One weekend, Claire’s friend Anna made a craft with Aquabeads at our place before asking her to bring it to school the next Monday. Monday morning, we were so busy that we all forgot the thing. I felt sorry for Anna that evening when Claire was back home and mentioned the Heart of beads. “You should remember it!”I repeated to Claire.
It was three days later that I finally kept the idea of put the craft in Claire’s hands before getting on the car. That night, I received an email from Anna’s mom, who thanked Claire for the craft, which ought to be a present that Anna made for her friend. “Claire forgot to bring it as soon as promised. She was always late and in a hurry.” I wrote an email back.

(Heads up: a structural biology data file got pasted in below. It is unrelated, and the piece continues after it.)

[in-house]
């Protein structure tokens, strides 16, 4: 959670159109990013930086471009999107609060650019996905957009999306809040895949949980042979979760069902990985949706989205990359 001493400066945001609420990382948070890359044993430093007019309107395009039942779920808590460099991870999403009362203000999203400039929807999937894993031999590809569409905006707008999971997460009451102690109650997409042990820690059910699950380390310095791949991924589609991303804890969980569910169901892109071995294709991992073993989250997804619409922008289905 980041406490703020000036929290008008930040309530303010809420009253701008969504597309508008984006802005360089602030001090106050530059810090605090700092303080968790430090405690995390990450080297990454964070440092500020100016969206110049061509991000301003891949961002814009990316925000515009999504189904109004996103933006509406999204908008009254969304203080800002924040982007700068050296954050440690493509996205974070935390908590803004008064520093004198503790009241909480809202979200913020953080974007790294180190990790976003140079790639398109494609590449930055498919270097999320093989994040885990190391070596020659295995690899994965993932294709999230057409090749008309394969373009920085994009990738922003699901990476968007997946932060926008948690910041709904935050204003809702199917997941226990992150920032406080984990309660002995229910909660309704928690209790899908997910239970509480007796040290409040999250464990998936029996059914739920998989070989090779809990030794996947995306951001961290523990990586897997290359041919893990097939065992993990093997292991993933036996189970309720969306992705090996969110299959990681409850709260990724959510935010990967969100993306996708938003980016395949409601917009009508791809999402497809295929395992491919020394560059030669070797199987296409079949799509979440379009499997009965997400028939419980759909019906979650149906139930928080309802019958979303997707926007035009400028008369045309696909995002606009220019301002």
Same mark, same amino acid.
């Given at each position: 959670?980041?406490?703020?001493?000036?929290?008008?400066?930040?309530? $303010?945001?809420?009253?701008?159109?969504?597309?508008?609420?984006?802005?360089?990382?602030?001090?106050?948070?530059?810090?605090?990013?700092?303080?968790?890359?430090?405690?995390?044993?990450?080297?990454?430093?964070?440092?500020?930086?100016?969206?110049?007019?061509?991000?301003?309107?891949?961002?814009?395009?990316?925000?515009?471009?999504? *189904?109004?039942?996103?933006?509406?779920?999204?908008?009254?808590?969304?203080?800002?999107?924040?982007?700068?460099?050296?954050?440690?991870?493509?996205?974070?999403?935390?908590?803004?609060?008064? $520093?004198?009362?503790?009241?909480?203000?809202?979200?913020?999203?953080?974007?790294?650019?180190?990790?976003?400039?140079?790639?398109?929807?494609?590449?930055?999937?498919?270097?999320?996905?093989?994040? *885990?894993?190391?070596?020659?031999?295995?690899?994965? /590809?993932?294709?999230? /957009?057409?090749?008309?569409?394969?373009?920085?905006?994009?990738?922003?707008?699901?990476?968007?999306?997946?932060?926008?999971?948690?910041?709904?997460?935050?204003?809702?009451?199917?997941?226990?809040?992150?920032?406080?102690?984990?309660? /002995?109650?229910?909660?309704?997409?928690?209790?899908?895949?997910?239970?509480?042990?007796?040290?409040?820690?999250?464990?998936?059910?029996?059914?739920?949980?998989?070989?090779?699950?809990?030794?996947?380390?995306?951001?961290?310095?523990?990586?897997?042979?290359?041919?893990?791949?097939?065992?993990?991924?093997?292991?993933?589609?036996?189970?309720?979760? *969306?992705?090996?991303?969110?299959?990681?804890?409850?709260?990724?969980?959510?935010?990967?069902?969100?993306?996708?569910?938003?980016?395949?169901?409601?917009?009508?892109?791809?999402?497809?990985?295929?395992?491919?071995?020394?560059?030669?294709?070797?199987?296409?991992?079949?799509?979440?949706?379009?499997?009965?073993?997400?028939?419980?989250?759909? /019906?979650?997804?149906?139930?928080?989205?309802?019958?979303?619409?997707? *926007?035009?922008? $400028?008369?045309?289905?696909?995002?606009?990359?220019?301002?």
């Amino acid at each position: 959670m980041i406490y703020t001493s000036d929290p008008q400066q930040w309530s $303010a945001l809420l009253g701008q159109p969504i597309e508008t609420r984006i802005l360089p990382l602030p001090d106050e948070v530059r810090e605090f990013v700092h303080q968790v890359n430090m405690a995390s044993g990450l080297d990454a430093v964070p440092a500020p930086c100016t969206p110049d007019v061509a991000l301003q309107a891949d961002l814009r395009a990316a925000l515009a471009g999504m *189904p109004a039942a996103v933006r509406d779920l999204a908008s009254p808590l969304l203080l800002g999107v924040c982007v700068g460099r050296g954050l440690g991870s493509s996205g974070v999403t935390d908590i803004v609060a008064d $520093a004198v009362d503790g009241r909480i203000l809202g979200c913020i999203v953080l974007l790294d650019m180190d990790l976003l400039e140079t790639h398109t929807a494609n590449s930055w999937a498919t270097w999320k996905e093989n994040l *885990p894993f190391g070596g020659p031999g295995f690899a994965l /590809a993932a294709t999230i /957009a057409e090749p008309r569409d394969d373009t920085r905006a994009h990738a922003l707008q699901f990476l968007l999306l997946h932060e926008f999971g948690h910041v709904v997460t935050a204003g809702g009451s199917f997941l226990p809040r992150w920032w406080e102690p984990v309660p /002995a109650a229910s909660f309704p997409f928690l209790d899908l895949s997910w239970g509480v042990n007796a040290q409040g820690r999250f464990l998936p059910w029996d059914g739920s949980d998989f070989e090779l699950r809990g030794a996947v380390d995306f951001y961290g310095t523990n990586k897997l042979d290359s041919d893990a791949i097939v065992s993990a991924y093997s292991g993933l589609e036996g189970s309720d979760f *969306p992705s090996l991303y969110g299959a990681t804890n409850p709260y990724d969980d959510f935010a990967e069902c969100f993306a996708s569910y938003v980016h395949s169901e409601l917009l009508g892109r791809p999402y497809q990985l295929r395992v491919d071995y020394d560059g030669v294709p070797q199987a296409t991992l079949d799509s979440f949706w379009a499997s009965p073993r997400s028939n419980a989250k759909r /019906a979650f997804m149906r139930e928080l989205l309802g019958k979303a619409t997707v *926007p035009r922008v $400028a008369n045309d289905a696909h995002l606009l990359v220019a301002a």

That was not a big deal but the similar situation repeated. I always apologized in the name of Claire, which seemed to be very modest and polite. However, sometimes I felt so embarrassed. There was something wrong, definitely.
Why was she always late? Who made her in a hurry? Who always forgot things? It was me. Nevertheless, I attributed the mess to her. Maybe, unconsciously, I believed that it was normal and forgivable if children did wrong things while for a grownup it was shameful. That’s a bad excuse.
Claire is only four but I’m thirty-five. If we are all wrong, the best way to avoid the polite apologies is to change my own morning chaos.